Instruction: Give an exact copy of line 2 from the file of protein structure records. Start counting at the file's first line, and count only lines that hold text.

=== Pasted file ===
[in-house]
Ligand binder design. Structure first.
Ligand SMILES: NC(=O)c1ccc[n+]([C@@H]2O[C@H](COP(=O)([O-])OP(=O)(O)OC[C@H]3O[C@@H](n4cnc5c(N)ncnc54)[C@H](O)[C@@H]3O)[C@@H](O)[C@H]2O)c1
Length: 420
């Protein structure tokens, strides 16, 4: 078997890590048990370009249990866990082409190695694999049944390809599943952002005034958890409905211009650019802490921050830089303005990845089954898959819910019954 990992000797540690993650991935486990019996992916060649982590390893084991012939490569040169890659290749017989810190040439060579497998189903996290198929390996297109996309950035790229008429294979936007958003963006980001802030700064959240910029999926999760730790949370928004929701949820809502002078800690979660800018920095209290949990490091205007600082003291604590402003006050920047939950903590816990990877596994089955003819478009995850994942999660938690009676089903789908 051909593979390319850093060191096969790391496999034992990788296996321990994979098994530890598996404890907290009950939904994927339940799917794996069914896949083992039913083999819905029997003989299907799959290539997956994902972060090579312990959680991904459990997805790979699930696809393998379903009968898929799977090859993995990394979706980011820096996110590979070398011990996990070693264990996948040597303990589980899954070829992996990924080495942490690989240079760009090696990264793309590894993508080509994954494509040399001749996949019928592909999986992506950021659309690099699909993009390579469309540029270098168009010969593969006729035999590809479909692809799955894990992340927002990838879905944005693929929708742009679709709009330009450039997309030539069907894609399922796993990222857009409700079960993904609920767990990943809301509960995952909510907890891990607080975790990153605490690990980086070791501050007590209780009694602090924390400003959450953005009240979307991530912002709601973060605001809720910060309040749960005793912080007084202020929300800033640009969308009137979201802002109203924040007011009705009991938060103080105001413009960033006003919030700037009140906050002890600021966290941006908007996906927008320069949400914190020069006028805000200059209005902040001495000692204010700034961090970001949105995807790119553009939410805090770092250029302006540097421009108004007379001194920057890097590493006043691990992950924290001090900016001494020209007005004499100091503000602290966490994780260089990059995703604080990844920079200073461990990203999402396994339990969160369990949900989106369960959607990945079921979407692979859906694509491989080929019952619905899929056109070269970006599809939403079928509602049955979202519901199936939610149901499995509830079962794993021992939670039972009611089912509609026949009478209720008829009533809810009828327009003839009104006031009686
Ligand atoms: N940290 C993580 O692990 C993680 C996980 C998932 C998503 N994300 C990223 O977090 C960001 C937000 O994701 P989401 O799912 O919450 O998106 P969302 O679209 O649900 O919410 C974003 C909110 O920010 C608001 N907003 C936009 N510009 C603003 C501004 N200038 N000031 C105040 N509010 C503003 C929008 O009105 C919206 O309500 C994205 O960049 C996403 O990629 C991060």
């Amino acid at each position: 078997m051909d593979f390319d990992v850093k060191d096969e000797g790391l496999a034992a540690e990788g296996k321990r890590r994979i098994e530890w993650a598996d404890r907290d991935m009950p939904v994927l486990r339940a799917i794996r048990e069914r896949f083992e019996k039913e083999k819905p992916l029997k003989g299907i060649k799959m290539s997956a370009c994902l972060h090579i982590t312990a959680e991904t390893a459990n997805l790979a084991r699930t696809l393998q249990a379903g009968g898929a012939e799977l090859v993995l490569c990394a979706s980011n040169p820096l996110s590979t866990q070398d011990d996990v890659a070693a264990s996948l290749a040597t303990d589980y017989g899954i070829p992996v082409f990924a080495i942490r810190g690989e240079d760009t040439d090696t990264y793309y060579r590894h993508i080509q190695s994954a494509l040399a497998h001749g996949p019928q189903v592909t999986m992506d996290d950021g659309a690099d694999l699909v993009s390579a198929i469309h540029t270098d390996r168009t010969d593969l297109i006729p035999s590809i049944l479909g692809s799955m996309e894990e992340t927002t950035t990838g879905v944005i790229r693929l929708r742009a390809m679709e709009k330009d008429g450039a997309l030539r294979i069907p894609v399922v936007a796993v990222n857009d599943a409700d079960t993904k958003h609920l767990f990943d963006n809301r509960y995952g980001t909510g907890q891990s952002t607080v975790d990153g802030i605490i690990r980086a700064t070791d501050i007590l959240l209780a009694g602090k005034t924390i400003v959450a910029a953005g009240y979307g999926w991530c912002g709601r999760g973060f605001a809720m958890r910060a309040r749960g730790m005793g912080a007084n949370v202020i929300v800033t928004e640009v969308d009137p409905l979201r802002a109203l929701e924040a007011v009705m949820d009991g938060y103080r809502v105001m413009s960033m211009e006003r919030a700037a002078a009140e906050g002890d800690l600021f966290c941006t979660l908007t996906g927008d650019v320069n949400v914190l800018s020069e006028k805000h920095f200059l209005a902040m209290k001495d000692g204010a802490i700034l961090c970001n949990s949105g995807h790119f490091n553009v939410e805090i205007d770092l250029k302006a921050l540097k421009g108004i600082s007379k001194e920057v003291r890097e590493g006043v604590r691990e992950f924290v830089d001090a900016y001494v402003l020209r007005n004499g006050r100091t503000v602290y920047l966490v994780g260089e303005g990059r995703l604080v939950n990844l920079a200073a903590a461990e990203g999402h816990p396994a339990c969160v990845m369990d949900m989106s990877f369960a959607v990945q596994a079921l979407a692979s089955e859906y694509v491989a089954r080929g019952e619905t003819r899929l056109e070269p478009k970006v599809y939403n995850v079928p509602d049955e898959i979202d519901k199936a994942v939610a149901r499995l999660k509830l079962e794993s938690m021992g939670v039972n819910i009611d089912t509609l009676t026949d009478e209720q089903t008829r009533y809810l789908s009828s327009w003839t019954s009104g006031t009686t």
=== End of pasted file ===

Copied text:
Ligand binder design. Structure first.